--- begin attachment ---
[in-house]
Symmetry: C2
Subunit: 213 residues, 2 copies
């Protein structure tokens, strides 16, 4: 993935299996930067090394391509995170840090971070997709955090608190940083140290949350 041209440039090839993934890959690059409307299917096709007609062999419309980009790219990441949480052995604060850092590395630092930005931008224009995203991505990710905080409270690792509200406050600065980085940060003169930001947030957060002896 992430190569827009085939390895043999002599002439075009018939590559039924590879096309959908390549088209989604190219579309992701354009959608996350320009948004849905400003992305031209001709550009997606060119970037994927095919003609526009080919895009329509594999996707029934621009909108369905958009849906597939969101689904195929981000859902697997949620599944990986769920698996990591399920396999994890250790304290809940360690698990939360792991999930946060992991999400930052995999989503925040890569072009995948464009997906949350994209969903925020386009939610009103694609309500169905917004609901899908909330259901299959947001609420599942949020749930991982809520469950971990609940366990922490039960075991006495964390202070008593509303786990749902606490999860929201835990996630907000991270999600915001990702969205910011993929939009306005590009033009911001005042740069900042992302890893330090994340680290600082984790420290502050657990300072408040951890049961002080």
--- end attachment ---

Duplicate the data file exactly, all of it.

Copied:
[in-house]
Symmetry: C2
Subunit: 213 residues, 2 copies
């Protein structure tokens, strides 16, 4: 993935299996930067090394391509995170840090971070997709955090608190940083140290949350 041209440039090839993934890959690059409307299917096709007609062999419309980009790219990441949480052995604060850092590395630092930005931008224009995203991505990710905080409270690792509200406050600065980085940060003169930001947030957060002896 992430190569827009085939390895043999002599002439075009018939590559039924590879096309959908390549088209989604190219579309992701354009959608996350320009948004849905400003992305031209001709550009997606060119970037994927095919003609526009080919895009329509594999996707029934621009909108369905958009849906597939969101689904195929981000859902697997949620599944990986769920698996990591399920396999994890250790304290809940360690698990939360792991999930946060992991999400930052995999989503925040890569072009995948464009997906949350994209969903925020386009939610009103694609309500169905917004609901899908909330259901299959947001609420599942949020749930991982809520469950971990609940366990922490039960075991006495964390202070008593509303786990749902606490999860929201835990996630907000991270999600915001990702969205910011993929939009306005590009033009911001005042740069900042992302890893330090994340680290600082984790420290502050657990300072408040951890049961002080």